Other than using the Rewind Technique, which I have found to be the kindest treatment for dealing with symptoms associated with traumatic events, there are many other treatments and activities which can help alleviate the symptoms a sufferer is experiencing. Here, Robert Johnson guides us briefly through what PTSD is and some of the options available to those living with the symptoms of Post Traumatic Stress Disorder (PTSD) and Complex-PTSD (cPTSD).
As we know, life consists of ups and downs which we overcome daily. When we think about any type of mental disorder, just think of the ‘many more’ ups and downs that those people need to deal with. For PTSD, the battle with fear and anxiety is a long one and can last the whole day. It can also continue through the night when the reliving of the events is frequent. In order to understand PTSD, it is important to have it defined before proceeding.
According to the NHS, post-traumatic stress disorder (PTSD) is an anxiety disorder caused by very stressful, frightening or distressing events. The symptoms are severe and can present during the day and night; varying from flashbacks, nightmares, guilt, insomnia etc.
If you are experiencing these symptoms, hopefully, you are already undergoing the proper therapy needed, since PTSD is something that can require day-to-day monitoring, counselling and medication in the first phases. If not, this will be the first step in a winning way. When you start your healing process, the next steps will be building your will and persistence in order to be more resilient.
Dealing with Daily Anxiety
It’s not simple or easy as it requires changing the patterns of our anxiety. One of the best ways to do this, is by keeping our mind occupied with something engaging. Also, changing our thought patterns is helpful in distracting us from our negative thoughts and thus moving back to a neutral or positive line.
While working with a wooden piece, for example, creating something out of nothing or transforming something into a better piece has a positive impact on our thoughts. It reminds us that we are able to change things with our own hands. Throughout the years, the arts have proven be a type of healing technique, which can help to release any stress and improve life. When it comes to woodworking, even the smell of processed wood and shaping a new piece can give that sense of connection to nature or help us recognise our worth. And while not all of us can have that deep experience of healing or transformation within us, woodworking can still serve as an activity to keep us busy and occupy our minds, providing an escape from negative thoughts.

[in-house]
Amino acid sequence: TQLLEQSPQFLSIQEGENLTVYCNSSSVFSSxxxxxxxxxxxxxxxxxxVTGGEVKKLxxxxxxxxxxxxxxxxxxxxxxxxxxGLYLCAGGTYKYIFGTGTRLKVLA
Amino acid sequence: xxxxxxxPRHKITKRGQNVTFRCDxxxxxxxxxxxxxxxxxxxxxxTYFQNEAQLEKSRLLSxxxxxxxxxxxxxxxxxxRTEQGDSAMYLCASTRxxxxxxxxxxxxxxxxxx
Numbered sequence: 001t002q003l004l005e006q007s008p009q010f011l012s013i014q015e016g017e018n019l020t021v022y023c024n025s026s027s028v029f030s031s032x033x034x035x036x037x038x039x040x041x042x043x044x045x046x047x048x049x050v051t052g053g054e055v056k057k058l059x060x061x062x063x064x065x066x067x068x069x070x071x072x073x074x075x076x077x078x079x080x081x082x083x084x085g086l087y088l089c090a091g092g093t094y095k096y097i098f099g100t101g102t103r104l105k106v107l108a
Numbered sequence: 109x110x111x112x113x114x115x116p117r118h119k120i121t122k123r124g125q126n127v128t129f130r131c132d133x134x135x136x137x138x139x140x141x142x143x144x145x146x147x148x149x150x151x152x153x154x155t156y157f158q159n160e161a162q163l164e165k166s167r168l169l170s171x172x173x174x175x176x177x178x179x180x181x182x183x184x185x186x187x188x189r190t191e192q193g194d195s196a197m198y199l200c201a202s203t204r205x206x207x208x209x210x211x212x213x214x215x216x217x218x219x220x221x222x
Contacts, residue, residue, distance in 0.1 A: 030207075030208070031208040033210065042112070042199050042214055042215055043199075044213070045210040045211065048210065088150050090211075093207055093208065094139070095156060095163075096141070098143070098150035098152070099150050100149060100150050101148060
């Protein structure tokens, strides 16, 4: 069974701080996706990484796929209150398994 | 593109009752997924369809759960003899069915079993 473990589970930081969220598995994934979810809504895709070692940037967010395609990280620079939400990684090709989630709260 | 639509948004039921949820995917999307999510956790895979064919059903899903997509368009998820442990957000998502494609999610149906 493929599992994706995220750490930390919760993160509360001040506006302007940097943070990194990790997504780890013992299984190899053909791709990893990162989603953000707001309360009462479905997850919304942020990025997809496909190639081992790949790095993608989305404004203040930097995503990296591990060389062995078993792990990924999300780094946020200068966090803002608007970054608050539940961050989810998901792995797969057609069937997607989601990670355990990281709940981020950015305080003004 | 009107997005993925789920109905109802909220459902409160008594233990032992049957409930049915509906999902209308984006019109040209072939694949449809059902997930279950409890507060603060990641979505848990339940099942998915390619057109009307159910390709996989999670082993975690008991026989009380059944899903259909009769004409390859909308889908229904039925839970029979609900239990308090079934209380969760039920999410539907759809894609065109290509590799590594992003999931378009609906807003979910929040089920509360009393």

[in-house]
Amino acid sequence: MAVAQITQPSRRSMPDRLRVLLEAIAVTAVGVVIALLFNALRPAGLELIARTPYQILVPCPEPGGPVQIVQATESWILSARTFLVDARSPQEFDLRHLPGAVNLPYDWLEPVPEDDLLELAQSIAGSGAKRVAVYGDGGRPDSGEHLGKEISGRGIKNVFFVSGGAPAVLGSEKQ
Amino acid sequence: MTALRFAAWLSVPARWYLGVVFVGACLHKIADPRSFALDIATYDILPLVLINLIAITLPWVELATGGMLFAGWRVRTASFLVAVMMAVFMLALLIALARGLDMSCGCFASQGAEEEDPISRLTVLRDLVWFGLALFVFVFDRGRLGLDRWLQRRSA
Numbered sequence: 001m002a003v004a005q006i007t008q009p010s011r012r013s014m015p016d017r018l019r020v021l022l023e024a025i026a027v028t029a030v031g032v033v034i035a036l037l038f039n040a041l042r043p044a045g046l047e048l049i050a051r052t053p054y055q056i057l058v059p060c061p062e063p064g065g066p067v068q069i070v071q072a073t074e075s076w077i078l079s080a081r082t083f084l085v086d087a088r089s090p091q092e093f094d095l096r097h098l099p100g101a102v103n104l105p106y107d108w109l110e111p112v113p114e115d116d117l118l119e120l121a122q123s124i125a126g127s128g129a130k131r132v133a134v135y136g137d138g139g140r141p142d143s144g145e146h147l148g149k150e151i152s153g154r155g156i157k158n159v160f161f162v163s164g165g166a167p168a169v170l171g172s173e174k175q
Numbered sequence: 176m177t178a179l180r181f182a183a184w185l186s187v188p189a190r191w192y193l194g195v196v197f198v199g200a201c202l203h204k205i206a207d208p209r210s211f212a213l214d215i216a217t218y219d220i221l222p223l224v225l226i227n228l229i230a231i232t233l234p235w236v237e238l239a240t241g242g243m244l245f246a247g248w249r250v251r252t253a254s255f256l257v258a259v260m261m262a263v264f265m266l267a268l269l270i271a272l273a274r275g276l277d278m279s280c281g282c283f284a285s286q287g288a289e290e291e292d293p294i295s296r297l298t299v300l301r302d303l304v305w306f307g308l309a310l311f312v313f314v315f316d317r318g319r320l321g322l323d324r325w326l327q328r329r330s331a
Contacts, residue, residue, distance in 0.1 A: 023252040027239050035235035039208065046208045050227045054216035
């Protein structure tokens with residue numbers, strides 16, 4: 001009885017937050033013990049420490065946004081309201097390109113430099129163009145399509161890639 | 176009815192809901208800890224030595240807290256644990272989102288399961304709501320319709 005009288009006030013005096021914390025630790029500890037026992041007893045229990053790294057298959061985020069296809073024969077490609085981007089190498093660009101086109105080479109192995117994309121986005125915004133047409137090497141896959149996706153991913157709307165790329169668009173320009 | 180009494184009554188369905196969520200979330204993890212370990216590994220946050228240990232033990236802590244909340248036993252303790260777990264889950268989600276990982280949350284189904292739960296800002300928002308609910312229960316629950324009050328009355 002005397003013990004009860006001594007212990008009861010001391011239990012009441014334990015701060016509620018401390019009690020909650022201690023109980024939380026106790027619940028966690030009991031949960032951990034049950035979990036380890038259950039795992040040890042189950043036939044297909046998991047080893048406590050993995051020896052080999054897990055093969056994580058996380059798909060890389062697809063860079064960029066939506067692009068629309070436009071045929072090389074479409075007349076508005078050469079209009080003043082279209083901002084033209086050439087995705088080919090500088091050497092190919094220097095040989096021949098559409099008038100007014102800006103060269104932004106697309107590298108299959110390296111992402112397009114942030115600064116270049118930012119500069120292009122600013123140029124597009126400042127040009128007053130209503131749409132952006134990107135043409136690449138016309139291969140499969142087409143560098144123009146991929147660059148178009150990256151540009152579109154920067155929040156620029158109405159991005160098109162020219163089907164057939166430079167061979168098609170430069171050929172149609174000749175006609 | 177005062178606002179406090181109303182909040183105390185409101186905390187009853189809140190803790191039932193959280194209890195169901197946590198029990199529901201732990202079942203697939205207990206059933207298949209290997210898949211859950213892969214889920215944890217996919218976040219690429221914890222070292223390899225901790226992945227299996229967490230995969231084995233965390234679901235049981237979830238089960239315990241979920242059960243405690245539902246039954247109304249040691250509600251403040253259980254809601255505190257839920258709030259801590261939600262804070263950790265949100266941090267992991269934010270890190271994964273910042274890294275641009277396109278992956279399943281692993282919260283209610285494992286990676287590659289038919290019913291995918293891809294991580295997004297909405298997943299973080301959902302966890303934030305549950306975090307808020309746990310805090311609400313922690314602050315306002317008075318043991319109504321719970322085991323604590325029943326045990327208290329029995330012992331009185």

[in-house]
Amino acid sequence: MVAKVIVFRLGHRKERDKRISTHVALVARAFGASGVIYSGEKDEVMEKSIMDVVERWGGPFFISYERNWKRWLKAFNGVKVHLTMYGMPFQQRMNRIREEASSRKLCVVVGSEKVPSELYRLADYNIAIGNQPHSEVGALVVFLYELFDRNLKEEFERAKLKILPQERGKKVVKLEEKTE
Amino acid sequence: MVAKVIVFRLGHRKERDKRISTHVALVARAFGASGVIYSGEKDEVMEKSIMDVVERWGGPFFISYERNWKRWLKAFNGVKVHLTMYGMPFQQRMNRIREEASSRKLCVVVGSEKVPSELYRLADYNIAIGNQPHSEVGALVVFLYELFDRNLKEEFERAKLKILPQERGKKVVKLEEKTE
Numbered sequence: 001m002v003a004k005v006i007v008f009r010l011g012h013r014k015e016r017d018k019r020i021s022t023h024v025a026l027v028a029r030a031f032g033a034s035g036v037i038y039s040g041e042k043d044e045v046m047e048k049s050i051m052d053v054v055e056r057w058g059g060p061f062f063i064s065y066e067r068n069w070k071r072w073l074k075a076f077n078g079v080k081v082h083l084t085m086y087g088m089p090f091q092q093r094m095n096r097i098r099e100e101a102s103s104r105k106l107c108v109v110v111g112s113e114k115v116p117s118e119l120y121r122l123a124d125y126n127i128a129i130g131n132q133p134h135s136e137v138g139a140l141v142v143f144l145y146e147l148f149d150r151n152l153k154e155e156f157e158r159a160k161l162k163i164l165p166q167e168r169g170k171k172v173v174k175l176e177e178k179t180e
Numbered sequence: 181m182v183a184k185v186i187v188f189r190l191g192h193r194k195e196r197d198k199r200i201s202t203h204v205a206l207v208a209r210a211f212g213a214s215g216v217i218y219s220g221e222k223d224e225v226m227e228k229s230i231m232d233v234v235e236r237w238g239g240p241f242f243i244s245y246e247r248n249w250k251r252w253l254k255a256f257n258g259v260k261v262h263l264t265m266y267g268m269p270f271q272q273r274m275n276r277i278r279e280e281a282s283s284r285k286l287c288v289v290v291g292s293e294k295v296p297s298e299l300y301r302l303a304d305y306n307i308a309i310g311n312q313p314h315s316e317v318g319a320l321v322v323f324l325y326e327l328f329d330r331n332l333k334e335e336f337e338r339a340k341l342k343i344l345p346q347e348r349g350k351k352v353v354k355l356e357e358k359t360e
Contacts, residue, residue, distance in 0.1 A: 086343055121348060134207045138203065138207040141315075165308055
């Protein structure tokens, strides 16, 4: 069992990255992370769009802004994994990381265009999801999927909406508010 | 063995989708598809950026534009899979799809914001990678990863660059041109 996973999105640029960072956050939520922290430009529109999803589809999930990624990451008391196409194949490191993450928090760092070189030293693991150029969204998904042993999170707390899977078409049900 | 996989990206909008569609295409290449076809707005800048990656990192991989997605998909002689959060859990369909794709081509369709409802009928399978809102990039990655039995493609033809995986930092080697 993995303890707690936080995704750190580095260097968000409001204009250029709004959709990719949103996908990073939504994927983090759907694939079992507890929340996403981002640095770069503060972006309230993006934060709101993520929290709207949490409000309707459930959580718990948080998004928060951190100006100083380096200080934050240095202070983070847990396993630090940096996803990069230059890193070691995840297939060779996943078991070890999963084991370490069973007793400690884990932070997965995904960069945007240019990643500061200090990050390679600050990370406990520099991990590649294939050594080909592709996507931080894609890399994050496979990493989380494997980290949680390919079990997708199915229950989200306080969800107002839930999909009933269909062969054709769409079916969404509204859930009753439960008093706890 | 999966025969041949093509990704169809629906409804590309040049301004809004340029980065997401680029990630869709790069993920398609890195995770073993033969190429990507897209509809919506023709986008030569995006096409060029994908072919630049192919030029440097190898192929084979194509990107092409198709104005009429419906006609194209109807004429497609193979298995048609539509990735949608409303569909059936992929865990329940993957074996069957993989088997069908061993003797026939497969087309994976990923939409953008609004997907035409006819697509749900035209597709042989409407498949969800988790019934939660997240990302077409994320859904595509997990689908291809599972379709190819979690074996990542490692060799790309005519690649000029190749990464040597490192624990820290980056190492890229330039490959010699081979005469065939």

Overcoming PTSD Symptoms Through Woodworking
Fortunately, for some with PTSD, woodworking has done so much more in that it has helped them overcome symptoms and to practically embrace a new life with a new meaning. One example, is Iraq War veteran Rolando (Roy) Corral who has proudly shared how woodworking allowed him to open himself up to others. He suffered from cPTSD after his medical retirement from the military and found no comfort from the therapy sessions he had with specialists. It was through woodworking that he found his “new identity” and a new passion – to inspire other veterans and restore their hope through the handcrafted wooden flags that his own foundation, I’ve Got Your (IGY) Wood Creations make.
Rolando, in his own words, described what woodworking did for his life. “Expressing myself through woodworking is what drives my love of building things. I dream about trash that people throw away and I make stuff out of it. I restore it, bring it back to life, and it resurrects as a new creation (upcycle).” He further added, “You see, it helped me open up and allow myself to let other people know that I was a veteran and encouraged me to not allow my military career define me for the rest of my life. I want woodworking to define who I am for the rest of my life.”
What About You?
Rolando is just one of the many who have found an entirely different life purpose than what PTSD feeds into their minds. There are many more like him out there, who found solace and renewal through woodworking, allowing them to overcome their daily symptoms.
However, the path of healing isn’t a cookie-cutter process. Think about yourself and your personal preferences. Woodworking may be the perfect activity for some but not for you! How about considering painting, drawing, acting? This could be the time for you to explore your new passion.